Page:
1938 Horch 853 Special Roadster

Though the 853 bears an uncanny resemblance to the legendary Mercedes-Benz 540K, and has a similar output, values lag behind the better-known car

Horch is one of the four companies that merged to form Auto Union, from which the present-day Audi descends. After training as a blacksmith and qualifying as an engineer, August Horch set up in the motor trade in 1899 in Cologne, where his fledgling company started off repairing vehicles. Read More

1997 McLaren F1

The buyer wouldn’t be beaten. He replied “Yo” to each raise of $150,000, all the way to $4 million, winning a lot of affection from the crowd

No ABS. No traction control. No power steering. No airbags. No add-on spoilers. The McLaren F1 didn’t need them. The thinking man’s supercar was conceived in 1988, when McLaren bosses Ron Dennis, Mansour Ojjeh, Creighton Brown, and designer Gordon Murray were discussing production cars in Read More

1908 Isotta Fraschini Tipo FENC Semi-Racer

While lacking the race-winning cachet of later cars, this little Isotta will get its owner into every vintage race, tour, and concours he fancies

Perhaps the most influential light car design of the first decade of the twentieth century, the Tipo FENC Isotta Fraschini was derived from the Tipo FE Isottas built for the 1908 Grand Prix des Voiturettes at Dieppe.

They were so advanced that for many years it was thought Read More

1933 Duesenberg SJ LaGrande Phaeton

Duesenberg expert Randy Ema affirms that cars like this, with original major components-chassis, body, engine-are at the top of the scale

Duesenberg Automobiles was plucked from the post-World War I recession by Errett Cord, the savior of Auburn. By 1927, he was looking to build a more prestigious car and bought the innovative but struggling Duesenberg company.

Cord had been attracted by the Duesenberg brothers’ engineering prowess and gave Fred an Read More

When Buick Went South

In GS form, with two four-barrel Carter carburetors, the Riviera put out a mighty 360 hp and generated an equally hefty 475 ft-lb of torque

Legend has it that the 1963 Riviera (originally supposed to be a revival of the LaSalle marque) was the result of a trip that Bill Mitchell took to Europe in 1960. Particularly impressed with a Ferrari 250 PF coupe and a custom-bodied Rolls-Royce with styling that he Read More

1976/77 Broadspeed Jaguar XJ12 Saloon

Going, turning, sticking, and stopping were evident and well in hand, but keeping the Jaguar in one piece proved to be more difficult than anticipated

R alph Broad’s racing team had excelled in touring car competition since the early 1960s, running Ford Anglias, Mini Coopers, and Triumph Dolomites.

Leyland subsequently contracted his Broadspeed team to prepare a Group 2 Jaguar XJ12 to confront BMW and Ford in the European Touring Car Read More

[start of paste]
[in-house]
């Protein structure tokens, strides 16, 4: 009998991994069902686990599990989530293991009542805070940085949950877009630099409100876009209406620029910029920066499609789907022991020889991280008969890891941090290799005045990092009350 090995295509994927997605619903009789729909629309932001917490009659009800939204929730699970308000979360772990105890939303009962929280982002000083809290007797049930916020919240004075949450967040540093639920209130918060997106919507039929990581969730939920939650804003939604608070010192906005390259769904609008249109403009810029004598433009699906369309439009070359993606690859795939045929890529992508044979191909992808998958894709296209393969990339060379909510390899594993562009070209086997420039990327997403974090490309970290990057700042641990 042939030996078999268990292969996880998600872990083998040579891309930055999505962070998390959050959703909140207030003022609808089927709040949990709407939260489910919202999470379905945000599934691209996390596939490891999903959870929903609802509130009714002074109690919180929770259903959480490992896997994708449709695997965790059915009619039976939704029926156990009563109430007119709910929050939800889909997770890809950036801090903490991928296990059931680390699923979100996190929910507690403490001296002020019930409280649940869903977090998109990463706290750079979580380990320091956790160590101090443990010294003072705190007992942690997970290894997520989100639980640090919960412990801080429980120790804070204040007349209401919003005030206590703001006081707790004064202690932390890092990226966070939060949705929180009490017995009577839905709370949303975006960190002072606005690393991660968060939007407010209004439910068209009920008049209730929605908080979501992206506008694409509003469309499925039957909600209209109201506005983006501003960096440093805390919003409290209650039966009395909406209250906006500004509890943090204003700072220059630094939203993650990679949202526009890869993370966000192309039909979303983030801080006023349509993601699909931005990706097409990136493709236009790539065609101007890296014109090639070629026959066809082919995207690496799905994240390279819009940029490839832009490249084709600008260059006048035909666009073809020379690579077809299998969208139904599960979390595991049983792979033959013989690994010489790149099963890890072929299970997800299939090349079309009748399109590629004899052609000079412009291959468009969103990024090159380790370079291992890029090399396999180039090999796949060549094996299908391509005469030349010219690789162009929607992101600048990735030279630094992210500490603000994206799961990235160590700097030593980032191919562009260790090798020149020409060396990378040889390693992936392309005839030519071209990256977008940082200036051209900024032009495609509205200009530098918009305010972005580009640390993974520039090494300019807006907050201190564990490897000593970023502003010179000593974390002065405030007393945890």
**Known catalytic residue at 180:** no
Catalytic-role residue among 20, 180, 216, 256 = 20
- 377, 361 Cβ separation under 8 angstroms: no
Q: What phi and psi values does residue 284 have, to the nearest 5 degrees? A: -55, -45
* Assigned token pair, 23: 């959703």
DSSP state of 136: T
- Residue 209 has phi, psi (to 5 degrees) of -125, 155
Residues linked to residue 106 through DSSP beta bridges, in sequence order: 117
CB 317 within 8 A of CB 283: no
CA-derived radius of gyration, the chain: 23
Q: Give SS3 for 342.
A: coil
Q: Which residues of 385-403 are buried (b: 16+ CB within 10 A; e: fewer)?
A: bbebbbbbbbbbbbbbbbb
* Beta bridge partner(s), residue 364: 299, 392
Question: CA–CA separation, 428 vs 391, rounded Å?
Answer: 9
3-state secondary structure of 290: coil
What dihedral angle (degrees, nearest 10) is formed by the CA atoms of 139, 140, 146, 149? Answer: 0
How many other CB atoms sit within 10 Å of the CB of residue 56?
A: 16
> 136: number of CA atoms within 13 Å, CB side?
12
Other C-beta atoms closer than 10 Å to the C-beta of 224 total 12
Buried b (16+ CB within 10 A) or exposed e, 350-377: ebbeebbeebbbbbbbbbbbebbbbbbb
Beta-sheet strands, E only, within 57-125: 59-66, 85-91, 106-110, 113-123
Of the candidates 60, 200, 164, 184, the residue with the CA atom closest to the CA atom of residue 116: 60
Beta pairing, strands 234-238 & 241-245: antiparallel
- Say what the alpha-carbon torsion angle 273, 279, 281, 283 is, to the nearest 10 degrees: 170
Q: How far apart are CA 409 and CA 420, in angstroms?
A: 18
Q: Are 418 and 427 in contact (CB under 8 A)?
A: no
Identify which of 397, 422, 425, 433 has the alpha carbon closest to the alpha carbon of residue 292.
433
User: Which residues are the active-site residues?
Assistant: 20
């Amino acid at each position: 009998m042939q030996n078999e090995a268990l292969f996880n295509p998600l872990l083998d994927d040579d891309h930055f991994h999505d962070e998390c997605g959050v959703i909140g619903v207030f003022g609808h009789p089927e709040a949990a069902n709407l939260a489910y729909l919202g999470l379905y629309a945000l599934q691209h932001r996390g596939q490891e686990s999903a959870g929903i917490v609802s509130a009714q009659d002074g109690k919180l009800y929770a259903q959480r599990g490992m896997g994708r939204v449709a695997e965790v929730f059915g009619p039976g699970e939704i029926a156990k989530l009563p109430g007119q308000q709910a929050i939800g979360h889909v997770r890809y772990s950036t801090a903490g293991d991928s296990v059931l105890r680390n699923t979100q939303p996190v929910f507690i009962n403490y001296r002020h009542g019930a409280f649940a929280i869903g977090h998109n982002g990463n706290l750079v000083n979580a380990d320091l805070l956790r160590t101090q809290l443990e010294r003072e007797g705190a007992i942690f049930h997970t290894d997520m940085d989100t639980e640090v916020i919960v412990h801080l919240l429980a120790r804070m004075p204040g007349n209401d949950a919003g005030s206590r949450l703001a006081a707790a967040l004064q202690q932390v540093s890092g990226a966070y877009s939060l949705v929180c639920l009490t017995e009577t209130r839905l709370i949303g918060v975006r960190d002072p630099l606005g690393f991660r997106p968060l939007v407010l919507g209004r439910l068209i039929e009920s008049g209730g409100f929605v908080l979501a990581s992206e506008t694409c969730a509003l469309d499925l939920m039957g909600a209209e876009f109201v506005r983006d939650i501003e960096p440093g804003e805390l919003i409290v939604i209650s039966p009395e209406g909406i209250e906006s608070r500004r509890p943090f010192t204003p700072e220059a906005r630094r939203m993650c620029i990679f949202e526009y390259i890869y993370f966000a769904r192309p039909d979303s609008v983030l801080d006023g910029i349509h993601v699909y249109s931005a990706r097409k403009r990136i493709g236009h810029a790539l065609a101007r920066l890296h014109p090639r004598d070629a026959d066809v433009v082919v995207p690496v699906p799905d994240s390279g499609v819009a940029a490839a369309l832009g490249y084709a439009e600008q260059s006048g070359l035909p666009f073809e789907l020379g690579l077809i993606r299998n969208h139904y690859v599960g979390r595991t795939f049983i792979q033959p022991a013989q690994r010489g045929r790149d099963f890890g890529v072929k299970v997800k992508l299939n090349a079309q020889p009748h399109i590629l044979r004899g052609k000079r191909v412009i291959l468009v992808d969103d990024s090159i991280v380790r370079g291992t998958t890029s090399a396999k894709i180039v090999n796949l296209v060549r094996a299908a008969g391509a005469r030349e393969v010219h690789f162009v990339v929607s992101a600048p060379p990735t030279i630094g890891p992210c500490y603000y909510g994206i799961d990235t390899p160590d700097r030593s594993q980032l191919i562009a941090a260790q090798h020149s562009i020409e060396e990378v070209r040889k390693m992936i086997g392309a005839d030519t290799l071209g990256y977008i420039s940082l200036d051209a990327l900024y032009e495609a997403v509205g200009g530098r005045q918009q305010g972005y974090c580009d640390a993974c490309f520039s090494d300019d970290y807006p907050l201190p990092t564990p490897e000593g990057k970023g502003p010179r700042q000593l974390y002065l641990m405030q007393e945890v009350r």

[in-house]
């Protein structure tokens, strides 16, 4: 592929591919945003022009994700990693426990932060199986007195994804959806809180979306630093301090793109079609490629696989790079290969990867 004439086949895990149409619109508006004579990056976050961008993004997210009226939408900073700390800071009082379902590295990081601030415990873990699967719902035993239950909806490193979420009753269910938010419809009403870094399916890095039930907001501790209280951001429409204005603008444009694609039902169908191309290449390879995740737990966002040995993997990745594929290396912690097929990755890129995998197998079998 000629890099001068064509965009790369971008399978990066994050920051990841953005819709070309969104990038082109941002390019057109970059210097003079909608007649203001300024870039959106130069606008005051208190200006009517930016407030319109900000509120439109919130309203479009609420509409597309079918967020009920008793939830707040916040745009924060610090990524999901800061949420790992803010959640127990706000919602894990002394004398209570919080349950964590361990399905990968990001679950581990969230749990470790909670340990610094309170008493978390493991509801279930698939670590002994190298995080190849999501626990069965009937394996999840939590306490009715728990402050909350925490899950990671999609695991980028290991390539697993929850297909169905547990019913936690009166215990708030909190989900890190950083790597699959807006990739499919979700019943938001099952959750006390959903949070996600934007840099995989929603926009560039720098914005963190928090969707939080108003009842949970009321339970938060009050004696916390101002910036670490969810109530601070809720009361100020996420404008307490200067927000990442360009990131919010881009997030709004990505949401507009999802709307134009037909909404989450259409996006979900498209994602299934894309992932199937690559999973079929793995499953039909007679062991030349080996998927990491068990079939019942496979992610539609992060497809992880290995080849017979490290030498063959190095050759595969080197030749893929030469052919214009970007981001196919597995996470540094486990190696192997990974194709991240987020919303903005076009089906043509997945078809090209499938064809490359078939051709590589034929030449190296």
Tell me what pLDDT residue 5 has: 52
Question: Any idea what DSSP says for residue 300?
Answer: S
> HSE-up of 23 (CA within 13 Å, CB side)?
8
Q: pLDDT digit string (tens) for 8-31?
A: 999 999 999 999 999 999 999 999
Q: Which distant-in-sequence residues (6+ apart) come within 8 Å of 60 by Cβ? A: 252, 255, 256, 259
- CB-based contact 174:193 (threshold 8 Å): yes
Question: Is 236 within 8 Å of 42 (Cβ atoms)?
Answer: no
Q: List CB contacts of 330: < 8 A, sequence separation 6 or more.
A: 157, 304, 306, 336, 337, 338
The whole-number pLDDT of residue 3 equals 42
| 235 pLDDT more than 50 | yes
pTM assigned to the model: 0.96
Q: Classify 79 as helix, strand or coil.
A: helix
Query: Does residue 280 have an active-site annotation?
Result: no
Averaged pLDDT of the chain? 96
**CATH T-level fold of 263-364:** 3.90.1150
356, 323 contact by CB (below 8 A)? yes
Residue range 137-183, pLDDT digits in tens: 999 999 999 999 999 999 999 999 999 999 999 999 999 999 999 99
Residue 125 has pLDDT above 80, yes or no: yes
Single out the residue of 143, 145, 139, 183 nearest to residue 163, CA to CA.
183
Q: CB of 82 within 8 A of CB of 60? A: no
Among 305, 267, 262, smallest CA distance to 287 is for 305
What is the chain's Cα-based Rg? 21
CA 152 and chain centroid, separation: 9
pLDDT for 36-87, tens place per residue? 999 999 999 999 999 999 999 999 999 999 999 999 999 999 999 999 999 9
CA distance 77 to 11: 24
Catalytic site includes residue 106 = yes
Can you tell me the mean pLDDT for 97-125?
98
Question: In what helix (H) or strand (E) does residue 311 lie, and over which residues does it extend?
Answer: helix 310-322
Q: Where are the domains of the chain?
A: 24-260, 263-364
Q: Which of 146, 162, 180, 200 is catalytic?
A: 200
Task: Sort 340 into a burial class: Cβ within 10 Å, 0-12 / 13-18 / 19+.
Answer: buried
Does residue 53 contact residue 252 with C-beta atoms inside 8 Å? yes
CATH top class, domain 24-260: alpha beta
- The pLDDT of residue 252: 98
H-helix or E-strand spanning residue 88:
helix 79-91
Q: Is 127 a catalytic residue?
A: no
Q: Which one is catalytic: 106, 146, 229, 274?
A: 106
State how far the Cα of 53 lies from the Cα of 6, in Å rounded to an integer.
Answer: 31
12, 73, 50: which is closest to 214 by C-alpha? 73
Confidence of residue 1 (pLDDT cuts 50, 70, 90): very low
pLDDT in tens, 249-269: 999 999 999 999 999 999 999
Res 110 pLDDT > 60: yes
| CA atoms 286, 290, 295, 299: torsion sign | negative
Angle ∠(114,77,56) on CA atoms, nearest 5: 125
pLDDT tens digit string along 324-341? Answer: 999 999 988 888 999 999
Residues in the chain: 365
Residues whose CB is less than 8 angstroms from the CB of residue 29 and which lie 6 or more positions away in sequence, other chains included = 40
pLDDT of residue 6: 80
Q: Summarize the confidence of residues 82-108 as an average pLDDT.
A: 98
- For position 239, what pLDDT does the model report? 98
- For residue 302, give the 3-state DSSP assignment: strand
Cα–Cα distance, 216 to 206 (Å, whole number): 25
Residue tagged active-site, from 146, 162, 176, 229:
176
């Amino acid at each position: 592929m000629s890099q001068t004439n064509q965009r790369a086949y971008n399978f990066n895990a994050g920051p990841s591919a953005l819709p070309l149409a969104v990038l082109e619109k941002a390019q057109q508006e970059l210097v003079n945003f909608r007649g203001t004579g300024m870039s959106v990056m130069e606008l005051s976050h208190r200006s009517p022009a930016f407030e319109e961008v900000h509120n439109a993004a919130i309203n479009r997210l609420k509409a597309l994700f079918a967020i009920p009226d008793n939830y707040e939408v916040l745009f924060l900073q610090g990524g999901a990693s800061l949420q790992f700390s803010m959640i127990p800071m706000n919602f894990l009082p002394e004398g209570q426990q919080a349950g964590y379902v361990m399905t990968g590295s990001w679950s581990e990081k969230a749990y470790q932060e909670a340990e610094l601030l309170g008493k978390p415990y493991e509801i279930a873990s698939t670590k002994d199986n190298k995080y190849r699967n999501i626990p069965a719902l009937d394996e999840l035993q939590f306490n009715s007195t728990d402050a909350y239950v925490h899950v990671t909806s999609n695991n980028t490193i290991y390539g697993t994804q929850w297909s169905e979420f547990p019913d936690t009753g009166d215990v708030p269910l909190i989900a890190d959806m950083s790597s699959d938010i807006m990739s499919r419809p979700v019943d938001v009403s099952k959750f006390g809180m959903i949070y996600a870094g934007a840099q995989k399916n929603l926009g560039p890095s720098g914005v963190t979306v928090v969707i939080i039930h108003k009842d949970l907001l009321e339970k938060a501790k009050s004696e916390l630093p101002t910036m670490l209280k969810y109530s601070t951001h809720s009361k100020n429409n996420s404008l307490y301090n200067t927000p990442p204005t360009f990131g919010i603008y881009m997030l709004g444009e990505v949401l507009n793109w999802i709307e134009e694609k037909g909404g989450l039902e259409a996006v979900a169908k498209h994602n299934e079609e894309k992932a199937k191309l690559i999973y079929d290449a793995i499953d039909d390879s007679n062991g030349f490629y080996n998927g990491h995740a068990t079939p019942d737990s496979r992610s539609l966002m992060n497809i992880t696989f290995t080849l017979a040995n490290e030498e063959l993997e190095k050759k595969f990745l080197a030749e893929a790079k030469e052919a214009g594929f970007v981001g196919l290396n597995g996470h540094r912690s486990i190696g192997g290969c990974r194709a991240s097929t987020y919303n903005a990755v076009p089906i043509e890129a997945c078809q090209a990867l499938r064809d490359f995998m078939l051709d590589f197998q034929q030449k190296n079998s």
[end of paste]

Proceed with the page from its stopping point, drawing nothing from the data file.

1972 Ferrari 246 GTS Dino

In May 2003, I wrote that $86,000 was “all the money” for an equivalent car; boy, was I wrong. $153,000 for this example is not over the top

As the first series-produced, mid-engined Ferraris, the early Dino V6s are landmark cars, and the line they founded would prove to be an immense commercial success for Maranello. The original 2.0-liter Dino 206 was replaced in 1969 by a longer-wheelbase 2.4-liter version, the 246 Read More

1965 Alfa Romeo TZ-1 Berlinetta

The contentious world of Alfa historians and experts had a moment of rare consensus on this TZ, and no one questioned its parentage

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Though immensely successful as a competition car, Alfa Romeo’s Giulietta Sprint Zagato had been based on the road-going Giulietta Spider platform, a compromise that suited clients who wanted a touring car that could be raced on weekends.

But as the 1960s dawned, the need to keep Read More

1937 Oldsmobile L37 Convertible Sedan

This is the only Oldsmobile to have been recognized by the Classic Car Club of America as a Full Classic

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There was a time when neither Ford nor Chevrolet were America’s leading automobile producers. You have to go back to the dawn of the auto industry, but from 1903 to 1905, Oldsmobile was top dog. Rolling out of Lansing, the little single-cylinder, curved-dash runabout was touted as able to go Read More

A Ferrari for Everyman (or Woman)

The Lamborghini Countach may have had the dorm room poster market, but the 308 got screen time with “Magnum, P.I.”

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The great automotive die-off of the 1970s claimed muscle cars, full-sized American convertibles, and traditional British sports cars. Italian exotics came perilously close to being on that list. In addition to U.S. emission and bumper regulations, in Europe escalating fuel prices and shortages, along with punitive taxes, were threatening Maserati, Read More